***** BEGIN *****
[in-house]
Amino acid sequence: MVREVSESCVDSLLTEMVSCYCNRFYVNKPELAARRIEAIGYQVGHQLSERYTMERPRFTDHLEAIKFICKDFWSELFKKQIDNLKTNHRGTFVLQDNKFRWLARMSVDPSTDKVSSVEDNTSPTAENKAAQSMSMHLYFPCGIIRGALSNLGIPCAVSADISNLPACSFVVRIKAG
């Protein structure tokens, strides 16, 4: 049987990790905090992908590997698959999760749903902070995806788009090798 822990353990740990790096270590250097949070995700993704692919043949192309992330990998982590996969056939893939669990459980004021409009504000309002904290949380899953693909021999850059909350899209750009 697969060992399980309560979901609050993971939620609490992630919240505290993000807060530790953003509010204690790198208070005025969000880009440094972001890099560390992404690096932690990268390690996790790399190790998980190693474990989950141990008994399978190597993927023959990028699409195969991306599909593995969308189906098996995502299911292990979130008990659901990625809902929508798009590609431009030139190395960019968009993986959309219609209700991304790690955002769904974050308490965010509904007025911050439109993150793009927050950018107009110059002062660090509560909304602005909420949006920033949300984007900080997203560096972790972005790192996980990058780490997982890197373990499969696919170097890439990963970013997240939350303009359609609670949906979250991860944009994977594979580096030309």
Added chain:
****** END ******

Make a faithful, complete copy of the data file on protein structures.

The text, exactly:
[in-house]
Amino acid sequence: MVREVSESCVDSLLTEMVSCYCNRFYVNKPELAARRIEAIGYQVGHQLSERYTMERPRFTDHLEAIKFICKDFWSELFKKQIDNLKTNHRGTFVLQDNKFRWLARMSVDPSTDKVSSVEDNTSPTAENKAAQSMSMHLYFPCGIIRGALSNLGIPCAVSADISNLPACSFVVRIKAG
């Protein structure tokens, strides 16, 4: 049987990790905090992908590997698959999760749903902070995806788009090798 822990353990740990790096270590250097949070995700993704692919043949192309992330990998982590996969056939893939669990459980004021409009504000309002904290949380899953693909021999850059909350899209750009 697969060992399980309560979901609050993971939620609490992630919240505290993000807060530790953003509010204690790198208070005025969000880009440094972001890099560390992404690096932690990268390690996790790399190790998980190693474990989950141990008994399978190597993927023959990028699409195969991306599909593995969308189906098996995502299911292990979130008990659901990625809902929508798009590609431009030139190395960019968009993986959309219609209700991304790690955002769904974050308490965010509904007025911050439109993150793009927050950018107009110059002062660090509560909304602005909420949006920033949300984007900080997203560096972790972005790192996980990058780490997982890197373990499969696919170097890439990963970013997240939350303009359609609670949906979250991860944009994977594979580096030309």
Added chain: